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Namespaces good for anything else?

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Hi.

So I been wondering if namespaces is good for anything else but preventing name collisions?
For example: Using a namespace to make it clearer what belongs to a game engine.

If you can tell me any other uses, please do.

Thanks
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As far as I know, not really, but naming collisions can be a bigger deal than you might realize. For example, if you have a private free function in your engine named [font=courier new,courier,monospace]loadFile()[/font], and a user of your engine also makes their own private free function named [font=courier new,courier,monospace]loadFile()[/font], and their symbols would collide in the linking stage (assuming their signatures matched), even though the user never included any header from your engine that said anything about [font=courier new,courier,monospace]loadFile()[/font]. Using namespaces would be one way to prevent these symbols from colliding while still allowing multiple translation units (source files) to use the functions, which you should do so that end users can be happy.
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I use a namespace called 'internal' to hide stuff that needs to be in a public header, but shouldn't be directly used by the API user.

I always put enums in a namespace, and then call the enum itself 'Type' so that their usage looks like:
MyOptions::Type var = MyOptions::Choice1;

If you have some functions/variables that need to be private to a single CPP file (I.e. can't be accessed with extern, etc) you can put them in an anonymous namespace.
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Namespaces can be useful lines of demarcation between subsystems. We use that all the time on our games.

They can also be useful to put standalone functions in a hierarchy, especially those functions that don't really belong to a class. It is a much better approach than some languages that require static functions in a utility class.
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[quote name='Hodgman' timestamp='1354578876' post='5006840']
I always put enums in a namespace, and then call the enum itself 'Type' so that their usage looks like:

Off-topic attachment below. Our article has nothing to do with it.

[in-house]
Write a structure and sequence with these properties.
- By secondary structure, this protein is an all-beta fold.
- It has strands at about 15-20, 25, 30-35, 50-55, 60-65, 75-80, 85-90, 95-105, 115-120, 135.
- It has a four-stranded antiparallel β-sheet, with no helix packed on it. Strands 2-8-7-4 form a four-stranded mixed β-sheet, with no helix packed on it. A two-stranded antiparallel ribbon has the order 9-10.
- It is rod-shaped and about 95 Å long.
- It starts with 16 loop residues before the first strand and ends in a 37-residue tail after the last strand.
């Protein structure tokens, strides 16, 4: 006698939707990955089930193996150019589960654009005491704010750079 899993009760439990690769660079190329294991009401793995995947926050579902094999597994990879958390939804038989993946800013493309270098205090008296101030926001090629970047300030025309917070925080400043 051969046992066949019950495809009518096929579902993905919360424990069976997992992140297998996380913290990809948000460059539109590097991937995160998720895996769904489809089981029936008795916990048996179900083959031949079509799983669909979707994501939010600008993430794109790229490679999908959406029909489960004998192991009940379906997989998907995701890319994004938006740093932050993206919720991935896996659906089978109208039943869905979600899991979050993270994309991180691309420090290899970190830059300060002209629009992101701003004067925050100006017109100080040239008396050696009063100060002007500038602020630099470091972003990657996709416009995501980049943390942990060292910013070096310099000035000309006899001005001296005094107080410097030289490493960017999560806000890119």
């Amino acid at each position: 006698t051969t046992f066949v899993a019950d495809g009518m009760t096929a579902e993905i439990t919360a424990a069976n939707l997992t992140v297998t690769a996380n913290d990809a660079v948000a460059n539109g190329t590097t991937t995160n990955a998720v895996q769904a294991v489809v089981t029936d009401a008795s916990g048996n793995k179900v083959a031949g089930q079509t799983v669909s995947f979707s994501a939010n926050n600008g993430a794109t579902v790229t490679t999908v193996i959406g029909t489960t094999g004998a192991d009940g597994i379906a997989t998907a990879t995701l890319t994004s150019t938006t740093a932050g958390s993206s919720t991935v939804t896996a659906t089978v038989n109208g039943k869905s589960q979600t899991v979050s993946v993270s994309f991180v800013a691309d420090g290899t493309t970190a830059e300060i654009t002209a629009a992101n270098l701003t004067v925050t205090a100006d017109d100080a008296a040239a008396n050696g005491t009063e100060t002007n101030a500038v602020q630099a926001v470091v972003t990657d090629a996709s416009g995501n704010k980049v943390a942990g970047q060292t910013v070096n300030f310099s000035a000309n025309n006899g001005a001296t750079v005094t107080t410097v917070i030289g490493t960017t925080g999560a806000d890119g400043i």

MyOptions::Type var = MyOptions::Choice1;

[/quote]
Don't we now have strongly typed enum?
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[quote name='lride' timestamp='1354581430' post='5006862']Don't we now have strongly typed enum?[/quote]Yes, C++11's "[font=courier new,courier,monospace]enum class[/font]" is a big improvement that fixes several issues with C++'s "[font=courier new,courier,monospace]enum[/font]". The "[i][font=courier new,courier,monospace]namespace[/font]/[font=courier new,courier,monospace]struct[/font] wrapper around [font=courier new,courier,monospace]enum[/font][/i]" pattern isn't necessary if you use [font=courier new,courier,monospace]enum class[/font].

However, I'm still supporting C++03 compilers, so I'd rather not use C++11 code where it's not necessary.
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[quote name='Hodgman' timestamp='1354578876' post='5006840']
If you have some functions/variables that need to be private to a single CPP file (I.e. can't be accessed with extern, etc) you can put them in an anonymous namespace.
[/quote]
I like the idea of anonymous namespaces but I dislike the way they interact with most tools, often including the IDEs I use. Basically, anonymous namespaces are usually implemented by creating a namespace with a pseudo-randomized name, so they make the actual symbol names really long and it just gets annoying dealing with the outputs of things like stack traces and profiler runs. Especially since the long randomized name is specific to a translation unit, and the profilers and debuggers already display file names for symbols. In theory it's useful if you do something like stick an anonymous namespace in a header, but since none of the symbol demanglers I've run across will get you to the translation unit from the anonymous namespace tag, it's pretty pointless (well maybe they do, but I've given up on anonymous namespaces long enough ago that I don't know it's currently a feature).
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Do you remember which compilers those were? I just tried it in MSVC 2008 and the stack trace shows
[code]> createproxy-d.exe!`anonymous namespace'::locateGDALDataInternal() Line 61 C++[/code]
Unfortunately I do not have other MSVC versions or Clang/gcc around to test this more thoroughly.
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[quote name='frob' timestamp='1354579567' post='5006845']
Namespaces can be useful lines of demarcation between subsystems. We use that all the time on our games.

They can also be useful to put standalone functions in a hierarchy, especially those functions that don't really belong to a class. It is a much better approach than some languages that require static functions in a utility class.
[/quote]
But those languages often don't support standalone functions anyway and thus you have to use the static method function clutch because of that. In languages that do support standalone functions the file they are in is often the module that achieves the same semantics as namespaces in C++.